Thirty-four years a bachelor, Marvin Dell rubbed his woolen sock feet together warming them at the fat bellied cook stove in the ranch house corner and pulled a match from the center pocket of his overalls.
Flame at the open grate cast flickering shadows over the unfinished walls of the line shack and its few sticks of furniture. Weird silhouettes of Marvin in his rocker and his younger brother Emil, his relentless jaw working over the cherry wood telephone monster.
“I’ve got the whole night here,” said Emil, his left hand gently stroking the transmitter arm, his right cradling the receiver soft against his ear.
“I love-oo too, Cookie-nose,” he said.
Things between 22 year-old Emil Dell and his girl, Ida Tully, were just that serious.
Marvin struck the match with his thumbnail, then spun a cigar through the flame, sucking smoke, smacking his lips.
Emil slapped a hand over the telephone mouthpiece. “Hush!” he said. “Hush! Can’t you see I’m on the phone with I-daaaa?”
Marvin closed his eyes and wondered how it had come to this.
Only four months since his boss installed the telephone in the cabin, the line stretching across the telegraph poles along the Niobrara River, connecting the farthest acres of the Bar Seven ranch to the main house and the village of Albertson where Ida lived.
Four months of slow torture.
But wasn’t it a blessing for the community?
Only a week after installation, didn’t the phone save a Bar-Seven hay barn from fire? Didn’t it save young Billy Carson’s life a week later when he was snake bit and the village doc was immediately called in?
Marvin deliberated while chewing the end of his cigar.
To be honest, he’d never really liked the Carson kid.
“No, no,” said Emil back at the phone. “I’m all alone here. Except for Maarr-viinnn, of course.”
And this habit of stretching out names.
Emil had picked up the affectation from Ida.
From their endless conversations on the telephone.
Marvin smoked and eyed his Colt .45 hanging beside the cabin’s front door.
One more stretched out name and Eeeee-mil might pick up a bullet.
“Drinking coffee,” said Emil. “Rest assured, I never touch anything stronger. You know where drunkards end up.”
Marvin nodded to himself, sucking in apple-flavored smoke.
That first week Emil took to the telephone like Uncle Willy took to hard liquor in ’02, not bothering to start with short nips and shots, but going straight for the heavy dosage.
Ida was the same way apparently.
Suddenly she was there at the end of the wire, like she came installed with the damn thing.
Instead of riding fences, finding lost calves, fixing up the front porch, Emil spent hours out of each day hanging onto the box, his face pressed against it, his arms wrapped around it, worshipping it like it like a newborn calf at the udder.
“Yes, well you knooooww how obstinate Marvin can be.”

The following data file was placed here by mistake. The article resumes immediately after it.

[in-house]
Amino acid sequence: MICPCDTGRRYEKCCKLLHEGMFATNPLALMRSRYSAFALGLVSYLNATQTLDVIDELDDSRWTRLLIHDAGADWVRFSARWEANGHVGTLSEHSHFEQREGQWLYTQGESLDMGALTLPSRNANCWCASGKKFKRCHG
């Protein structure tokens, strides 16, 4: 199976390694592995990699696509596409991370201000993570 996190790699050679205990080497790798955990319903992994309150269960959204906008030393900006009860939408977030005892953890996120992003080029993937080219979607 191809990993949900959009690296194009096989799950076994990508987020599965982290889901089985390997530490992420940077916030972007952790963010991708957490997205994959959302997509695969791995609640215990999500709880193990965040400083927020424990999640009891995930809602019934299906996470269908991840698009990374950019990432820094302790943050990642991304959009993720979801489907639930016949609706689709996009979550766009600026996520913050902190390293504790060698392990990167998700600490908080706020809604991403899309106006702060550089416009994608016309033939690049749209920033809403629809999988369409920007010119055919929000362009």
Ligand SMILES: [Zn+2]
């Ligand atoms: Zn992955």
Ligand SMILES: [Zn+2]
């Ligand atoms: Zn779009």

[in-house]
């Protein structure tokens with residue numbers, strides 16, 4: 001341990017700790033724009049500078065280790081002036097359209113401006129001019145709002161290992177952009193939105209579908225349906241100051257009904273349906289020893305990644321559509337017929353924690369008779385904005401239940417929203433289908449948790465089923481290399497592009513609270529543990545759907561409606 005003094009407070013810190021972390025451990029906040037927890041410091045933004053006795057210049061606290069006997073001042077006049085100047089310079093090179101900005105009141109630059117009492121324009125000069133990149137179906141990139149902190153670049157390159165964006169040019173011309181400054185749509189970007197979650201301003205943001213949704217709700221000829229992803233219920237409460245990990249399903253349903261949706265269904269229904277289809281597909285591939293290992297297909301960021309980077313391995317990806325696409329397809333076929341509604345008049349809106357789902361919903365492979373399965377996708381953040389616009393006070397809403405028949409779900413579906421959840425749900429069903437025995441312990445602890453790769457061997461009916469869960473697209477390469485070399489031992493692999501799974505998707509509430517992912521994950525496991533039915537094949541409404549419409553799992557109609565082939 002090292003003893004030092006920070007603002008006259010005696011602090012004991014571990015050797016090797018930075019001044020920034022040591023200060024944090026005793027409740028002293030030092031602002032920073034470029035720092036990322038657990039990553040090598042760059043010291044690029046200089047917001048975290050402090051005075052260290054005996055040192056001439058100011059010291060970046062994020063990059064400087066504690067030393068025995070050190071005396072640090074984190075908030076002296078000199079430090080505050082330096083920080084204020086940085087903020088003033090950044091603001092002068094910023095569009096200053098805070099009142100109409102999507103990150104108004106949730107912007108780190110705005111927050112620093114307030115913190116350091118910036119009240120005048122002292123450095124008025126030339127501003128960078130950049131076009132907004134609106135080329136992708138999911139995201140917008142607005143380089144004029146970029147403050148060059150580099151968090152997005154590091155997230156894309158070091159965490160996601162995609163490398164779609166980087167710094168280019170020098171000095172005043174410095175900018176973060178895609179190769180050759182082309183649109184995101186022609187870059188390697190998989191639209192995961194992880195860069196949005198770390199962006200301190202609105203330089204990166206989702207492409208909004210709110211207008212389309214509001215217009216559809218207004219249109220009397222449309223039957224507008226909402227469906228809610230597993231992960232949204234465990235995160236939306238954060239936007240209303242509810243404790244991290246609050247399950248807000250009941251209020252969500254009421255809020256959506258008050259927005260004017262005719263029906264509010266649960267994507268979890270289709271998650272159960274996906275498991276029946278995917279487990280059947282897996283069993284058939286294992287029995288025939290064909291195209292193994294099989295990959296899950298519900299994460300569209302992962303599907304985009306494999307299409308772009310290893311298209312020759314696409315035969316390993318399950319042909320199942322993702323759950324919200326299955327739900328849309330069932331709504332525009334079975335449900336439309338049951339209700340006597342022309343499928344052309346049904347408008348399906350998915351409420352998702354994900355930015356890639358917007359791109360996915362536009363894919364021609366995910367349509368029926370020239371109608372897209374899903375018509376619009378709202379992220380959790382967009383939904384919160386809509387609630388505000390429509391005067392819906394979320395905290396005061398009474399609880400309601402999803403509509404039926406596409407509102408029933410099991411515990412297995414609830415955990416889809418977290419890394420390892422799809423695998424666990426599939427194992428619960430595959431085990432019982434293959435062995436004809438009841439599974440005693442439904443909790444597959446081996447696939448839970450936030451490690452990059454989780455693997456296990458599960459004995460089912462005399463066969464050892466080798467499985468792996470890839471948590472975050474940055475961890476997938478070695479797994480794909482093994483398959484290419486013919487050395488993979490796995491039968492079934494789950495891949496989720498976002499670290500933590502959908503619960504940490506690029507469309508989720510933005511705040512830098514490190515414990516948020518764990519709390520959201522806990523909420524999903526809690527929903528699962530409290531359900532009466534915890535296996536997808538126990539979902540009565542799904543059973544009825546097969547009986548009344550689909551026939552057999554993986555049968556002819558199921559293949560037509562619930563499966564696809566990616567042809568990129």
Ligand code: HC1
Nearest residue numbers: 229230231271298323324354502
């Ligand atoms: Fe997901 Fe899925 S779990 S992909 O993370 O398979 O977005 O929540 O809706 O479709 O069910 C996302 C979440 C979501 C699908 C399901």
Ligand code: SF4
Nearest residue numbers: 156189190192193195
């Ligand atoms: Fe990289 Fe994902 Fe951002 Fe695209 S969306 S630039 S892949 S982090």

Marvin rocked back and forth.
The hell of it was, calves got weaned, Uncle Willy turned yellow and died, but Emil prospered.
Thriving on the daily dose of battery-driven static and Ida’s noisy gabbing, he was never more content than ever, his orange mop of hair growing thick and long, his skin rosy and flush.
Since the end of summer, the boy had put on fifteen pounds.
And developed an ungodly cackle.
The wet end of Marvin’s cigar was in creamy shreds.
With warm feet but frayed nerves and winter just on the horizon, Marvin decided to do something about his predicament.
“We got all winter to talk,” Emil said into the phone.
Maybe not, thought Marvin.
Snow was coming down thick like God cut a pillow and all the feather down twirled to the ground in frosty clumps. Ankle deep, it cast a smooth layer of blinding white across the hardpan range from the cabin door to the distant black gash of the river.
Marvin blinked away freezing tears, knocked an icicle from his nose, and shuffled forward on boots wrapped in fuzzy coyote fur and twine string.
Along the river, marring the white horizon, Marvin counted ten vertical slash marks. Ten hackberry poles, each doing its part to hold the snow limned telephone line high, like a chalk mark in the slate gray sky, an offering to heaven.
To be able to talk across a distance, sight unseen.
To send dirty jokes and innuendo through a metal strand.
How proud, indeed.
Emil’s cackle came again to Marvin’s cold ears.
Wood axe in hand, he set out for the river.
That night, over a winning game table, Emil shared the dirt.
“Ida says you can get store-bought checkers at Belly’s new mercantile in town.”
He slurped the last of his puritan coffee and slid his game piece to the edge of the board.
Marvin dropped a healthy dollop of rotgut into his own cup and stalled around scratching a pimple before topping his brother’s rough-carved checker.
“If they’re for sale at the mercantile then it stands to reason they’re store bought,” he said. “What’s your point?”
Marvin only had four checkers left. The same number his brother had lost.
“I mean factory made. Perfectly round and bright painted red and black. Real nice sets, Ida says. Chess sets too, and decks of cards wrapped in paper.”
“I ain’t playing cards tonight,” said Marvin. “And I’m tired of hearing about Ida.”
With the telephone not working, she was still with them in spirit.